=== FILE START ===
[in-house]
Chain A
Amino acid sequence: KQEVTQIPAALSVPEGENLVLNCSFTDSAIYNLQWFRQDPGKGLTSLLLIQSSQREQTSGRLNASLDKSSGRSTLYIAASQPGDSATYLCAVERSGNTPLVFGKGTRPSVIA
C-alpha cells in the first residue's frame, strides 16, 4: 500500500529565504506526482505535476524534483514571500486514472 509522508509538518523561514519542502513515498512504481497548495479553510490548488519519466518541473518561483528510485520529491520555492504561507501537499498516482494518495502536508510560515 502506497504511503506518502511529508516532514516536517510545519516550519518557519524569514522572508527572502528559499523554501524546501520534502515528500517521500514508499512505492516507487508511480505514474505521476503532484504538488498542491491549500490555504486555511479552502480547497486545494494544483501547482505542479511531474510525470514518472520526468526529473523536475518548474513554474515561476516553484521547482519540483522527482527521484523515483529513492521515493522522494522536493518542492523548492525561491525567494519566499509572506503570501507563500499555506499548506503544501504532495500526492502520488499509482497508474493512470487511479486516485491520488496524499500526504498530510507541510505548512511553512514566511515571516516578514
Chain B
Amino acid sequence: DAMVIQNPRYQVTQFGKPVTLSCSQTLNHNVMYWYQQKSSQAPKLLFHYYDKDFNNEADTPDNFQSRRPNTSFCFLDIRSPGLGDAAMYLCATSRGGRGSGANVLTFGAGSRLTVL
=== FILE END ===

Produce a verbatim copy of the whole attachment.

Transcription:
[in-house]
Chain A
Amino acid sequence: KQEVTQIPAALSVPEGENLVLNCSFTDSAIYNLQWFRQDPGKGLTSLLLIQSSQREQTSGRLNASLDKSSGRSTLYIAASQPGDSATYLCAVERSGNTPLVFGKGTRPSVIA
C-alpha cells in the first residue's frame, strides 16, 4: 500500500529565504506526482505535476524534483514571500486514472 509522508509538518523561514519542502513515498512504481497548495479553510490548488519519466518541473518561483528510485520529491520555492504561507501537499498516482494518495502536508510560515 502506497504511503506518502511529508516532514516536517510545519516550519518557519524569514522572508527572502528559499523554501524546501520534502515528500517521500514508499512505492516507487508511480505514474505521476503532484504538488498542491491549500490555504486555511479552502480547497486545494494544483501547482505542479511531474510525470514518472520526468526529473523536475518548474513554474515561476516553484521547482519540483522527482527521484523515483529513492521515493522522494522536493518542492523548492525561491525567494519566499509572506503570501507563500499555506499548506503544501504532495500526492502520488499509482497508474493512470487511479486516485491520488496524499500526504498530510507541510505548512511553512514566511515571516516578514
Chain B
Amino acid sequence: DAMVIQNPRYQVTQFGKPVTLSCSQTLNHNVMYWYQQKSSQAPKLLFHYYDKDFNNEADTPDNFQSRRPNTSFCFLDIRSPGLGDAAMYLCATSRGGRGSGANVLTFGAGSRLTVL